India's richest man to forgo salary as Reliance trims wages to lower costs

The oil and petrochemicals business contributes about 75% to Reliance’s revenues

A temporary $2-an-hour hazard pay rise for its hundreds of thousands of warehouse workers would ultimately cost Amazon about $700m. AP Photo
A temporary $2-an-hour hazard pay rise for its hundreds of thousands of warehouse workers would ultimately cost Amazon about $700m. AP Photo

Reliance Industries, India’s biggest company, plans to cut salaries of employees in its oil and petrochemicals business after a slump in fuel sales reduced revenue, people with knowledge of the matter said.

The owner of the world’s largest refining complex will cut wages by 10 per cent for all employees earning more than 1.5 million rupees ($20,000) a year, they said. Salaries of directors on the company’s board and senior executives will be cut by as much as 50 per cent.

The payment of bonuses for the year ended March, normally paid in the June quarter, has also been deferred, while chairman Mukesh Ambani won’t get any salary at all this year, they said.

Loss of demand for refined oil products and plastics has put pressure on the hydrocarbons business forcing the company to reduce costs, Reliance Industries’ Director Hital R Meswani wrote in a letter to employees on Wednesday. A spokesman at Reliance declined to comment.

Reliance’s net income fell 39 per cent in the quarter through March, mainly because of a one-time inventory loss of 42.45 billion rupees ($565m) in its energy businesses due to a drop in oil prices along with an “unprecedented demand destruction due to Covid-19.”

The energy-to-technology conglomerate joins companies from Indian budget carrier SpiceJet to South Africa’s Sasol in cutting salaries as stay-at-home restrictions slash consumer demand and reduce sales. The oil and petrochemicals business contributes about 75 per cent to Reliance’s revenues.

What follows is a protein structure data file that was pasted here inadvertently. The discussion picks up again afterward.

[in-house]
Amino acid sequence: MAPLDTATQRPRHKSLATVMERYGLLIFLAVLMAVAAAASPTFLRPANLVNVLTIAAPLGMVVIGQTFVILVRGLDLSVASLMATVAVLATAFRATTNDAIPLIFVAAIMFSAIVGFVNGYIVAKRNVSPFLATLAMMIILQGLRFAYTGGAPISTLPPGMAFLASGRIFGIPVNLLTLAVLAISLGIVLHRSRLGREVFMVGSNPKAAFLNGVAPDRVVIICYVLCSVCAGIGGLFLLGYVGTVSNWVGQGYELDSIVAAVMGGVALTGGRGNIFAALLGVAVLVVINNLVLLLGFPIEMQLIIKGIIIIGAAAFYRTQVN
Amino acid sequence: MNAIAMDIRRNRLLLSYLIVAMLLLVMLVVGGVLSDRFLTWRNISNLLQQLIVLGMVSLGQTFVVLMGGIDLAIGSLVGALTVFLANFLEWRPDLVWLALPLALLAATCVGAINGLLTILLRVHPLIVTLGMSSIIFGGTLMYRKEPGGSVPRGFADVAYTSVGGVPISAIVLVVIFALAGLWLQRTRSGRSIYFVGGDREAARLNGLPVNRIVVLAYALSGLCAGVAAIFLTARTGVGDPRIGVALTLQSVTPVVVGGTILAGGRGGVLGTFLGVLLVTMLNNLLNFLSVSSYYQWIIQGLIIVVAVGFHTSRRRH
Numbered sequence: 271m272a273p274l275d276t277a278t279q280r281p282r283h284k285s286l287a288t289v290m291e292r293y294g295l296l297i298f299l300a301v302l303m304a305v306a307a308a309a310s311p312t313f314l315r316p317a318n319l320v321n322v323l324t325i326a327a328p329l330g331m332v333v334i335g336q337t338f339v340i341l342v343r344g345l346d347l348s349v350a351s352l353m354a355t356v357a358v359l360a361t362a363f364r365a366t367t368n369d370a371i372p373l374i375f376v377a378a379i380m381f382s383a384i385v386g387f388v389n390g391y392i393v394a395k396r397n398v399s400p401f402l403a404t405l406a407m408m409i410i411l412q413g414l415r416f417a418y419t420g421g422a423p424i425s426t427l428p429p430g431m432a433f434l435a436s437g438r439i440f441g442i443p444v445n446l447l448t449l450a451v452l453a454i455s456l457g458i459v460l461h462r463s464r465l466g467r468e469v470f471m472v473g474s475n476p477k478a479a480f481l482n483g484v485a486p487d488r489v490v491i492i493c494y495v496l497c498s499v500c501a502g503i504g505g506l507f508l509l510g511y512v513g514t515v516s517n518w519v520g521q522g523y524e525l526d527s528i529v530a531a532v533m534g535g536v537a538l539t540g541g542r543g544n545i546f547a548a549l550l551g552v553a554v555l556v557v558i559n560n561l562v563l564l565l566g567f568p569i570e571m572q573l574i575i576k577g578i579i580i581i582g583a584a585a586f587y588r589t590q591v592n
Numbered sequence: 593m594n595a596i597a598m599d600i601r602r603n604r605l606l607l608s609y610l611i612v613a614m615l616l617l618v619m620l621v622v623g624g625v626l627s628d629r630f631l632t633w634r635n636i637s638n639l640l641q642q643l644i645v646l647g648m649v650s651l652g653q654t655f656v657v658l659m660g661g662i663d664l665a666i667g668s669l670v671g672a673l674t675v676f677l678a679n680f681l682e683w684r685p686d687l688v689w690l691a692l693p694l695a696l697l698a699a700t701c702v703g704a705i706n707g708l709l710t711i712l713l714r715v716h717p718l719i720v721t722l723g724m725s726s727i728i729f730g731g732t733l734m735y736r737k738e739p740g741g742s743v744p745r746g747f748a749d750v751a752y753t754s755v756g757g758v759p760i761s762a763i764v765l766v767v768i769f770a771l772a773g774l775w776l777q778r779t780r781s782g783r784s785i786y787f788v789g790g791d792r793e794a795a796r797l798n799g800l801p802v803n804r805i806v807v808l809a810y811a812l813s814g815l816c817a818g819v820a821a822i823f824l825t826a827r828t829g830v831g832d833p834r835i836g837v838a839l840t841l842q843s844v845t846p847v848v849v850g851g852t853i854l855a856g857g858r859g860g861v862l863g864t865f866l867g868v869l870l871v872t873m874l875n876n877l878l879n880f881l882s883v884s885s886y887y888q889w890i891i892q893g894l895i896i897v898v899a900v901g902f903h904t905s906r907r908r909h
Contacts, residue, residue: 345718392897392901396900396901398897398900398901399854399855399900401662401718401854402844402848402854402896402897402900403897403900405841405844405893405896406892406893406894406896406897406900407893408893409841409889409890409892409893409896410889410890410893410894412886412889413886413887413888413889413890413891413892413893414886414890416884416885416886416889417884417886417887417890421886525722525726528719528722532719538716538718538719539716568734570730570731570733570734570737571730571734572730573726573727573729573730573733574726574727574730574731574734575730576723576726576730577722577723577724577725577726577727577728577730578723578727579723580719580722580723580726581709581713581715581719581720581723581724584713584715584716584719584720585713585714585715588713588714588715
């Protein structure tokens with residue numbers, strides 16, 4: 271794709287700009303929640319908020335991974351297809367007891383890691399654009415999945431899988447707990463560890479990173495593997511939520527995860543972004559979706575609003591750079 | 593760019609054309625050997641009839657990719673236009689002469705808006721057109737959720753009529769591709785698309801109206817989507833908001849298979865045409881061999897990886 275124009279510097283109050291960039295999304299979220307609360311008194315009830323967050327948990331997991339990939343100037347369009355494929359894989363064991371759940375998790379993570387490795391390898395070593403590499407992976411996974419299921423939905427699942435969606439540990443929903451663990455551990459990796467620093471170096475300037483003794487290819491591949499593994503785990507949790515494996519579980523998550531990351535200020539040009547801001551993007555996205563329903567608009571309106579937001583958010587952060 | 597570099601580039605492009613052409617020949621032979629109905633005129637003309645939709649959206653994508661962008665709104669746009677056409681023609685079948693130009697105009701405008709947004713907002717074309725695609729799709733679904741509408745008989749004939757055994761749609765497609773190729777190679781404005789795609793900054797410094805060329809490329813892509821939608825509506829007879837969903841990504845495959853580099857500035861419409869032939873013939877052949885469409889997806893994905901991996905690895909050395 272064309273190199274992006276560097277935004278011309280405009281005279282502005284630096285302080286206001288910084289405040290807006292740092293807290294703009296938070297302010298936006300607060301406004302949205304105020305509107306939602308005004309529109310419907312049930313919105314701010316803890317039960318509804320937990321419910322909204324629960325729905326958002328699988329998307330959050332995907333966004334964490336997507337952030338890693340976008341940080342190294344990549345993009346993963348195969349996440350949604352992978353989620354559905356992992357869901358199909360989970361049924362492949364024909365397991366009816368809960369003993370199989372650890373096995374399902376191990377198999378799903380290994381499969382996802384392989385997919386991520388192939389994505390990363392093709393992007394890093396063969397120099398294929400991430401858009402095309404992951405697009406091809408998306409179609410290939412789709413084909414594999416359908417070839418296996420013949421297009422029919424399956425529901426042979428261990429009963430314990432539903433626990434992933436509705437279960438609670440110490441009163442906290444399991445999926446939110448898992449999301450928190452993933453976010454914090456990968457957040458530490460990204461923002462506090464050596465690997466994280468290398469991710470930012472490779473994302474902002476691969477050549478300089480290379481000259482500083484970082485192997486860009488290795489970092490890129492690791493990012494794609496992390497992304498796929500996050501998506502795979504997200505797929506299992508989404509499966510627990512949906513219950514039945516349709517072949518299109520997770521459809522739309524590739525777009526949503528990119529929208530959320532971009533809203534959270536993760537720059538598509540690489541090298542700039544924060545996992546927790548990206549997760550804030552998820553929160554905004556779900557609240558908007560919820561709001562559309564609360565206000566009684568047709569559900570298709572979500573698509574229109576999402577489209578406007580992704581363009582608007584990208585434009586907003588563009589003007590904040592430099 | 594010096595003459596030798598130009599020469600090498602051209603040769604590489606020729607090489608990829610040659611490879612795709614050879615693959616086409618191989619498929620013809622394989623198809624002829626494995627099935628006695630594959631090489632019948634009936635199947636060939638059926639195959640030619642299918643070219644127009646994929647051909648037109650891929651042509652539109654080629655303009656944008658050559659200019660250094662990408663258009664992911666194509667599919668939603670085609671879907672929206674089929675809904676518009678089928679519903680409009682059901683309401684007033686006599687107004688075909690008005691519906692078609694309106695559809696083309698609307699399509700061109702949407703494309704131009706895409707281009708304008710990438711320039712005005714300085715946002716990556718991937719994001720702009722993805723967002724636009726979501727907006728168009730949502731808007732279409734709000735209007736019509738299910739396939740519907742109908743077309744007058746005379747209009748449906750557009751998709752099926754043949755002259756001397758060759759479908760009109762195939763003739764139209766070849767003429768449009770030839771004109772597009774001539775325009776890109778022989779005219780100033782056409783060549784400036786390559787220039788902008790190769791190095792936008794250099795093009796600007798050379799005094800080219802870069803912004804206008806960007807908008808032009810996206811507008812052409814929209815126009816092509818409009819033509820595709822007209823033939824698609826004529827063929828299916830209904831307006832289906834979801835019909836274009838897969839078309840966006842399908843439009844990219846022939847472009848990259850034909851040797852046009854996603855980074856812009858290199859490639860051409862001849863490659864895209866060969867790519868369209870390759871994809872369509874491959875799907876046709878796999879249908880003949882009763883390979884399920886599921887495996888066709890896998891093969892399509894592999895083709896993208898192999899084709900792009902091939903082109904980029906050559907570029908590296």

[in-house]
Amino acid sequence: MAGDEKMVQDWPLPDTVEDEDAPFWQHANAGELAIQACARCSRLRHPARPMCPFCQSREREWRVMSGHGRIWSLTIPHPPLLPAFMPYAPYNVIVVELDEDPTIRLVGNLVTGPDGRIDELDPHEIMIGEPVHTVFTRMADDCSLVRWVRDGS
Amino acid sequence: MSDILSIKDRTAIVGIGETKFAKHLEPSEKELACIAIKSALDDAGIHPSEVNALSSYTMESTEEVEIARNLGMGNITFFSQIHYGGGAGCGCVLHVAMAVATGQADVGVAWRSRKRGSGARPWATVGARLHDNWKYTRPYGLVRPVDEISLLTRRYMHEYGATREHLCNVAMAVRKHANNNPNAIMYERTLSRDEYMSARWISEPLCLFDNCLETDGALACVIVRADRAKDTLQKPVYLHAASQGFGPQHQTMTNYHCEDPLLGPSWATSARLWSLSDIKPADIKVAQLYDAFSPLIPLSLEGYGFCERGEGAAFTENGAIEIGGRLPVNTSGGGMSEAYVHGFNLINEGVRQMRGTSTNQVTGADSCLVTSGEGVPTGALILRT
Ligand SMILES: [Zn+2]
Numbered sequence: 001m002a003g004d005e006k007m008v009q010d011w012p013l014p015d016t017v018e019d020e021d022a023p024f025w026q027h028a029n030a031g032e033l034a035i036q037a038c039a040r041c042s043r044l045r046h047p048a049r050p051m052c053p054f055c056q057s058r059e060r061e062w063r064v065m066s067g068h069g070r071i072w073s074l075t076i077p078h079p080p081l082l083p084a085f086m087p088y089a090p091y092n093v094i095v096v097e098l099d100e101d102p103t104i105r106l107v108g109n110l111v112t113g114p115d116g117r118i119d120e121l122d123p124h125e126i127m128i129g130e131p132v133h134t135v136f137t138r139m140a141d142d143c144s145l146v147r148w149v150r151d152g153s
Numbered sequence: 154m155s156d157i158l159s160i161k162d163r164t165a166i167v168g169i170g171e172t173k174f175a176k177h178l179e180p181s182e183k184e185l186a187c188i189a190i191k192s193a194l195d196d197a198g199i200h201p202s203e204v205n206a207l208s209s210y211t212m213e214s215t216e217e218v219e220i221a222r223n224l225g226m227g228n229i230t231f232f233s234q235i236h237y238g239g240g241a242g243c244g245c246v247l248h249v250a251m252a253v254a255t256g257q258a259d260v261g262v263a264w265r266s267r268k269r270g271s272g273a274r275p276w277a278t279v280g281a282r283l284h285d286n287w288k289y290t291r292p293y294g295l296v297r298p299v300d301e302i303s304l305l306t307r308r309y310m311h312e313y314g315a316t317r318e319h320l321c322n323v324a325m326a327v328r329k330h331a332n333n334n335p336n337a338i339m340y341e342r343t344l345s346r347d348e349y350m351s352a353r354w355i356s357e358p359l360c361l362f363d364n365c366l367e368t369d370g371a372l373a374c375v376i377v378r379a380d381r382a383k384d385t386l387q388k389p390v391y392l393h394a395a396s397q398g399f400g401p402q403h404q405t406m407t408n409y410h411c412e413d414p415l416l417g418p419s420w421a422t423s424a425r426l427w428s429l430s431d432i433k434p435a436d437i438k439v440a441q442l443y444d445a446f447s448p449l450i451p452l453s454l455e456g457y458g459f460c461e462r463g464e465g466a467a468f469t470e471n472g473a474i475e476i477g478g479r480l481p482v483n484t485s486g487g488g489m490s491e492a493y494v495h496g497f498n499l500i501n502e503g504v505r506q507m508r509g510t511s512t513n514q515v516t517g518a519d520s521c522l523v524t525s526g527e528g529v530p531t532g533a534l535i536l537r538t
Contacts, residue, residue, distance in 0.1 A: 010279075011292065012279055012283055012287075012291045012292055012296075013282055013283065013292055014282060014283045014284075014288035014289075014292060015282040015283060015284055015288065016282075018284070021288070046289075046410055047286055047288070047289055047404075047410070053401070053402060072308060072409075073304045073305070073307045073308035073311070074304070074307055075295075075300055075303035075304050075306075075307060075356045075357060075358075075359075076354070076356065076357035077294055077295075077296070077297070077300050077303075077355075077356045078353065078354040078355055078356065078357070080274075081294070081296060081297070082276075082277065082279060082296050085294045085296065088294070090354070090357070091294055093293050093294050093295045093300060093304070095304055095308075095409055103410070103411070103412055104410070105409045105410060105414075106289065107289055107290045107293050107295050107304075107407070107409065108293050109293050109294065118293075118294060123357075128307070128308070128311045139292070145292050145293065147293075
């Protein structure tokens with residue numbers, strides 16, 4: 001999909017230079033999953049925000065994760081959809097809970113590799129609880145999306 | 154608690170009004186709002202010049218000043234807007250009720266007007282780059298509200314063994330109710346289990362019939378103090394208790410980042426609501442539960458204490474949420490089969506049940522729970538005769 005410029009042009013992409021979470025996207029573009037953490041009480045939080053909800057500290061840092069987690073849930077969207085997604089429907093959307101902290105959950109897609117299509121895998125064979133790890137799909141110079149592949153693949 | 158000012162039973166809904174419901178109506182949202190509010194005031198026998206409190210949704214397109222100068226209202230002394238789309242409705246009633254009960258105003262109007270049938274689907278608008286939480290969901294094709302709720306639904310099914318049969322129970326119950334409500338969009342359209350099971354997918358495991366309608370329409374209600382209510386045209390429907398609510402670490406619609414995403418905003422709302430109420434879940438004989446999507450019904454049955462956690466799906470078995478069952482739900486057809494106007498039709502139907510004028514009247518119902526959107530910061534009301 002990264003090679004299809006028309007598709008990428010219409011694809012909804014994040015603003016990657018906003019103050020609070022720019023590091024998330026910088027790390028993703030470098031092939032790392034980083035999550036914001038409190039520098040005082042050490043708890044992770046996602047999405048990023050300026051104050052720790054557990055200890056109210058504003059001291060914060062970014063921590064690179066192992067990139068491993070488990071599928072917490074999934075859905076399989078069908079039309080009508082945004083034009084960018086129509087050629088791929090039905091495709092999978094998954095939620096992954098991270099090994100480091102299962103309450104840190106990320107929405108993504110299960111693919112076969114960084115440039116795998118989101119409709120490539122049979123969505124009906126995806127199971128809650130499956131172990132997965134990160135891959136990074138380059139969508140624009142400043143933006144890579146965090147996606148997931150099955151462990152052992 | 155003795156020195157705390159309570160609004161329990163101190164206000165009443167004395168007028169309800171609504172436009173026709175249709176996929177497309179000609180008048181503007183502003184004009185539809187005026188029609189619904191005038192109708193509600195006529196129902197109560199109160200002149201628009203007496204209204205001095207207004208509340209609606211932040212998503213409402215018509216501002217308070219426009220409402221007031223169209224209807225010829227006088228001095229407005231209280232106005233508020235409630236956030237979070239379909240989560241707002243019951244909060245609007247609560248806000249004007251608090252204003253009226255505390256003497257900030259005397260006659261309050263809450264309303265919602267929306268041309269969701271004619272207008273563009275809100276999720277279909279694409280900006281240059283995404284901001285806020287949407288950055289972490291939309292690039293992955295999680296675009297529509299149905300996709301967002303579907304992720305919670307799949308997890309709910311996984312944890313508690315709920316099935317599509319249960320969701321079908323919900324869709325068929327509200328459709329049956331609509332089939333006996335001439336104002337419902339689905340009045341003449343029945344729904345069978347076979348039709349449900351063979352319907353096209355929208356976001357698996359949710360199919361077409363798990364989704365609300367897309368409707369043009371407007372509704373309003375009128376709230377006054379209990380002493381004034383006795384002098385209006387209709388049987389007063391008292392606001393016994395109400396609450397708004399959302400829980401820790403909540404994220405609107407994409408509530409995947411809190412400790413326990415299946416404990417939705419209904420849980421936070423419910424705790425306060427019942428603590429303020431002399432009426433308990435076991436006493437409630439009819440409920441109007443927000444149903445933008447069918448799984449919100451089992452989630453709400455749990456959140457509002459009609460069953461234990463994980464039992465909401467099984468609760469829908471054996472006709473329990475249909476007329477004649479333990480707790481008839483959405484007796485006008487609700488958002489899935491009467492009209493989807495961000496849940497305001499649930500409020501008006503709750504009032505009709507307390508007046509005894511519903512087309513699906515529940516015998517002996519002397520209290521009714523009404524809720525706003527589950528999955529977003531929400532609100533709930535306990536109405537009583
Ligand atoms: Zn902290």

Oil majors globally are also slashing dividends and cutting costs to conserve cash. Norway’s Equinor became the first large oil company to cut dividends followed by Exxon Mobil, which froze its dividend for the first time in 13 years and slashed $10bn in spending. BP cut capital spending for 2020 by 25 per cent from its initial full-year guidance and plans to reduce cost by $2.5bn.

The lockdown of billions of people by governments across the world to contain the pandemic is leading to a gloomy outlook for global oil demand. Opec expects sales of its crude to fall to the lowest in three decades and the International Energy Agency predicted that oil use would slump by a record this year and potentially make 2020 the worst in the market’s history.

Oil consumption in India, the world’s third-biggest market, is set for an unprecedented slump in April amid an extended lockdown that has shut the Indian economy.

India’s refiners had to slash operating rates to less than 50 per cent at some units to counter the fall that pushed storage capacity to almost 95 per cent -- including those in the 66,000 pump stations nationwide. A global glut amid weak demand and excessive production hit exports too. The world’s biggest independent oil storage company, Royal Vopak, has leased out almost all available space to store crude and refined fuels, it had said earlier this month.

Reliance’s export-focused refinery operated only at 85 per cent of capacity last month. Oil refiners are hunting for vessels to store jet-fuel and gasoline that nobody is buying, sending freight rates sharply higher, an indication that the global refining system is fast approaching a breaking point.

Updated: May 2, 2020 02:14 PM


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